A Framework for Better Coaching

When Patricia Woertz became CEO in 2006, she hired Mike D’Ambrose as senior vice president of human resources to help institute a formal performance management process focused on communication, collaboration and transparency.

Like many companies, Archer Daniels Midland’s managers struggled to provide coaching and feedback without specific development goals. The business adopted a coaching and development model and created Coaching to Win, an eight-week program designed to strengthen managers’ coaching skills.

Participation in the class is optional and open to any employee who has a direct report or a leadership role. By not making the program mandatory, the company organically grew interest to the point where employees must be placed on a waiting list before enrolling.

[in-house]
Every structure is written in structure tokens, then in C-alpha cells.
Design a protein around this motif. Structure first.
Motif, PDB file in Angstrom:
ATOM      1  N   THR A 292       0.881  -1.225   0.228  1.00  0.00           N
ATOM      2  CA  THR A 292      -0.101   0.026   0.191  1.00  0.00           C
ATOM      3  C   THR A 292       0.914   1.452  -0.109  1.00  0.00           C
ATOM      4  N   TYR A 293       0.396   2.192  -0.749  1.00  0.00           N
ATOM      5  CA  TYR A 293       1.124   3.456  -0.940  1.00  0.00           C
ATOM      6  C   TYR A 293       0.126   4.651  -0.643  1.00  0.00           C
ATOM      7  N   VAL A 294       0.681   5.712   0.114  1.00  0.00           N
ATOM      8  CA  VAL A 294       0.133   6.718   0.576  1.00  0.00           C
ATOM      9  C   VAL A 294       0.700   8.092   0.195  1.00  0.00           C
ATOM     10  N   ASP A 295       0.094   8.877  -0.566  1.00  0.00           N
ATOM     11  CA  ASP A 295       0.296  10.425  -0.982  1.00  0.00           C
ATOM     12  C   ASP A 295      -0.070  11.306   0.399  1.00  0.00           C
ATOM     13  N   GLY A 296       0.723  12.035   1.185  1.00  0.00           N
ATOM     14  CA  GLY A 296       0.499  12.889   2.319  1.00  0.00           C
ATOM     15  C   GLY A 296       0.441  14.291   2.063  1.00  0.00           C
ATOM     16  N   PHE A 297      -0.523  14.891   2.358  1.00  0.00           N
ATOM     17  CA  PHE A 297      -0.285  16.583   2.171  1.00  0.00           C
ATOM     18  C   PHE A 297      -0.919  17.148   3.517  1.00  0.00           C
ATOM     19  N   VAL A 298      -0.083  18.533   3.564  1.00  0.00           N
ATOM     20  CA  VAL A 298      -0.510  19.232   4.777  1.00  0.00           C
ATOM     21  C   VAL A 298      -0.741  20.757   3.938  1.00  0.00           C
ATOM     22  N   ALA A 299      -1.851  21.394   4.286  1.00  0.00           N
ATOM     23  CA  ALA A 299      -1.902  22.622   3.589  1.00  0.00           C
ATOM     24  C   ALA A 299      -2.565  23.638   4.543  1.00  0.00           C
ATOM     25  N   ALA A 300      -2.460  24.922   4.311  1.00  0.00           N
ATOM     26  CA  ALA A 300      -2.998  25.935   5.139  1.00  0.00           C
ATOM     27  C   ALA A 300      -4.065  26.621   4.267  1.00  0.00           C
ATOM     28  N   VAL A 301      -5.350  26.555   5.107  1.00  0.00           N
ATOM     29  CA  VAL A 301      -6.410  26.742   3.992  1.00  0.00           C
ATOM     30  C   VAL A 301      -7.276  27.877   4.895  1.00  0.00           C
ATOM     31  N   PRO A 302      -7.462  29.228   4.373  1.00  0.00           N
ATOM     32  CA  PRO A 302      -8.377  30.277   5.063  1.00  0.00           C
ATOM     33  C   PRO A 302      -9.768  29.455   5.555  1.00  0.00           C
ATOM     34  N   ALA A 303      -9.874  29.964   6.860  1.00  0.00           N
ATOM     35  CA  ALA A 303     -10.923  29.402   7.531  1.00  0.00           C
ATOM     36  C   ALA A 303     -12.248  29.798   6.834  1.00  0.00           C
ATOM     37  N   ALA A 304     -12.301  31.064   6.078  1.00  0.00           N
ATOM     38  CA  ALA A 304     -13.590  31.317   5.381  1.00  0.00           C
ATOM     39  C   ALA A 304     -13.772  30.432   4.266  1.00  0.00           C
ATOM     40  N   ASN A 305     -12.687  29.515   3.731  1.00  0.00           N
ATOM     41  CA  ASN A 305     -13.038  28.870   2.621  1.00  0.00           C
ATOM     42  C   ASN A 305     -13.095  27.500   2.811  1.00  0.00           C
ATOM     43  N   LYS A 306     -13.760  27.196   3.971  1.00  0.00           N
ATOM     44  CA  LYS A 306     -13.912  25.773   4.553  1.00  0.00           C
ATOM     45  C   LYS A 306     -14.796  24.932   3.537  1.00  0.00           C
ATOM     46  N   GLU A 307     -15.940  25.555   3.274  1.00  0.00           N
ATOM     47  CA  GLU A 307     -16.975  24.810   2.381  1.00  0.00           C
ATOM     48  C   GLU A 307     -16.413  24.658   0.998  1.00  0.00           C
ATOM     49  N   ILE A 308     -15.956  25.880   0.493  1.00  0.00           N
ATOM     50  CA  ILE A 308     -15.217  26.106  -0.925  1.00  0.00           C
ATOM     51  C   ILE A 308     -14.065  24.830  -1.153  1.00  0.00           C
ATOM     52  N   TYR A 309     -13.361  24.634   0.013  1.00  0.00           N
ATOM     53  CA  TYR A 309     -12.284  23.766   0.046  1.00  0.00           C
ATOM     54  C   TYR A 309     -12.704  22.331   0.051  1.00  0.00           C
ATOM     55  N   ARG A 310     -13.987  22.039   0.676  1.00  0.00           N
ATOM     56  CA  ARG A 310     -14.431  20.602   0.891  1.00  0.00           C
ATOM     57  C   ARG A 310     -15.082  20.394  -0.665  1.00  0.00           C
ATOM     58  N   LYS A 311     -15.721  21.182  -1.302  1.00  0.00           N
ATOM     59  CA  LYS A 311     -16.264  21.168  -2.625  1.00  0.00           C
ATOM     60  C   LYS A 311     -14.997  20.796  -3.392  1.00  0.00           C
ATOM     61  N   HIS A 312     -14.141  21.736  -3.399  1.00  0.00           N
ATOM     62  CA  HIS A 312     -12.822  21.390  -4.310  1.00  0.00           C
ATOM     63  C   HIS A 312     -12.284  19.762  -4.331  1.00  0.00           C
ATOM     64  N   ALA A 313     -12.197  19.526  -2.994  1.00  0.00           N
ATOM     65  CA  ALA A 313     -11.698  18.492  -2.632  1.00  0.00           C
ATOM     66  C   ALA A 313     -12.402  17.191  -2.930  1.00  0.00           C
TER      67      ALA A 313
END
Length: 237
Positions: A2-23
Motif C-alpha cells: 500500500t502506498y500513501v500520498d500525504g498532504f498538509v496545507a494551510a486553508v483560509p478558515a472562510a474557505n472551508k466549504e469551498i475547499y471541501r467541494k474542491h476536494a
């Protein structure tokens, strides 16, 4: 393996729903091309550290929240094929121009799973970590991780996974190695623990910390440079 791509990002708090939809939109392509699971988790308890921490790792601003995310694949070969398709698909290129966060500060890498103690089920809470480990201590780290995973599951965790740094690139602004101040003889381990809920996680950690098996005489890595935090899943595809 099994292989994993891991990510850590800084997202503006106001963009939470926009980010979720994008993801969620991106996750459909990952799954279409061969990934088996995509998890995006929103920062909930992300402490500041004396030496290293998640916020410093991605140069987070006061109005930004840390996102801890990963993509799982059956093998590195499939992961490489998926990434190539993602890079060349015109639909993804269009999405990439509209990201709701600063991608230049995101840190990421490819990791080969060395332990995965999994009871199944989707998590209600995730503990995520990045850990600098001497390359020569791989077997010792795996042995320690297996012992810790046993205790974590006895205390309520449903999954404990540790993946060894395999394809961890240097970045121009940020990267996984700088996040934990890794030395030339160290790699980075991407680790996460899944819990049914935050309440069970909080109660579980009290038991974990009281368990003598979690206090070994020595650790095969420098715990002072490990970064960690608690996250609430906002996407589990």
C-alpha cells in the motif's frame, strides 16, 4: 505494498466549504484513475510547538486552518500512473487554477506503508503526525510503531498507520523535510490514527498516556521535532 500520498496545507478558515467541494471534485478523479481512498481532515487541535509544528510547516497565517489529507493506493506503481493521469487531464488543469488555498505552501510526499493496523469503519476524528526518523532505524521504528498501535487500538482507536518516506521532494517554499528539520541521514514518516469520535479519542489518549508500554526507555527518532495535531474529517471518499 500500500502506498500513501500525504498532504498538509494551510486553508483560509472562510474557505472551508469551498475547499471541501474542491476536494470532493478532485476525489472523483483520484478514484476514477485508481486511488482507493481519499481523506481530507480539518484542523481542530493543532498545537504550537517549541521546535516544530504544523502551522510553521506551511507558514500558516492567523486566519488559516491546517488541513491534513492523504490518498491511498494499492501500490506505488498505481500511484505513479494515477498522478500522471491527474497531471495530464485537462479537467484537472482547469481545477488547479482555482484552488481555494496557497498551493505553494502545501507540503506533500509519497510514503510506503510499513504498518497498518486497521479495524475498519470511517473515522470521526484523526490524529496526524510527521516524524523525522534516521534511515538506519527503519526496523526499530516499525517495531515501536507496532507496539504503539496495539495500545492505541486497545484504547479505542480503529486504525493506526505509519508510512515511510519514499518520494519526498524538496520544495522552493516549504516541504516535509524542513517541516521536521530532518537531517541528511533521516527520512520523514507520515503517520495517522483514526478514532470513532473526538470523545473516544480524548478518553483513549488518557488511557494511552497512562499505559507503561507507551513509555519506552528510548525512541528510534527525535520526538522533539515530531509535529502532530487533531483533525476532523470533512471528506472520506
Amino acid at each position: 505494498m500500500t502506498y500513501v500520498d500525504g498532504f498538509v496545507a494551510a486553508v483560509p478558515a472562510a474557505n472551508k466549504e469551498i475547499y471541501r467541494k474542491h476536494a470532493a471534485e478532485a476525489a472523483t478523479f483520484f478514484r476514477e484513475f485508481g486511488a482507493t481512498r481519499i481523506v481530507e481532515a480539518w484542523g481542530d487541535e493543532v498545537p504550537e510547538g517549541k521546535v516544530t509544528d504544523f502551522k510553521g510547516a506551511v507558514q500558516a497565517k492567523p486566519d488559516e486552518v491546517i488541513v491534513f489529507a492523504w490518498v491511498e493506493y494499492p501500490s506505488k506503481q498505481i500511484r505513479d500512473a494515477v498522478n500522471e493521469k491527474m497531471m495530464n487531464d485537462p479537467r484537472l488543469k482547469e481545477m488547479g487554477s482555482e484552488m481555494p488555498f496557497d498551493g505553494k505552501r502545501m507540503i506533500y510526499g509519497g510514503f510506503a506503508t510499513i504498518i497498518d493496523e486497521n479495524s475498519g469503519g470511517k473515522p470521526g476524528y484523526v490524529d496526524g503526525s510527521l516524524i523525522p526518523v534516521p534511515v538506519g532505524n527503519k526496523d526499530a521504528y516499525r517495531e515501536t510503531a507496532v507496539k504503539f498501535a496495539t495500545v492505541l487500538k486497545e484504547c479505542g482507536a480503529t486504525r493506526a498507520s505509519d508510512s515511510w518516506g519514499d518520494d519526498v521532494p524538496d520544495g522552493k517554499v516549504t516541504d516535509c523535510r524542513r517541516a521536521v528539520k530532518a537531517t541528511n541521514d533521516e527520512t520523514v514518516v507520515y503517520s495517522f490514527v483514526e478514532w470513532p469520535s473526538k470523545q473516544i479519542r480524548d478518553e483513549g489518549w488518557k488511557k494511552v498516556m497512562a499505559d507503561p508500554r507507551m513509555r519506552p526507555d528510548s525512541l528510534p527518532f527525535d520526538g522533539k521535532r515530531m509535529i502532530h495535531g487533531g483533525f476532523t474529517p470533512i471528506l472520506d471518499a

Coaching to Win includes three steps: preparing, engaging and sustaining. To prepare, individuals enrolled in the course identify one employee they will coach during the two-month program. Participants also take two self-assessments to determine their behavioral style and coaching skill level and participate in an introductory conference call.

To enhance engagement, participants meet for a one-day workshop to go over the Archer Daniels Midland coaching model and practice giving feedback. For the remaining month and a half, they work to coach the employee they’ve been paired with as well as write weekly journal entries and join on follow-up conference calls.

“It’s not a single dump of information, but instead something they begin to integrate into behaviors,” said Stacia Sherman Garr, principal at Bersin & Associates.

All employees who take the class receive a monthly newsletter and the opportunity to participate in webinars to keep their feedback skills fresh.

According to a Bersin & Associates case study, 98 percent of participants said Coaching to Win will show a measurable difference in their team’s productivity, with improvements in communication and team structure.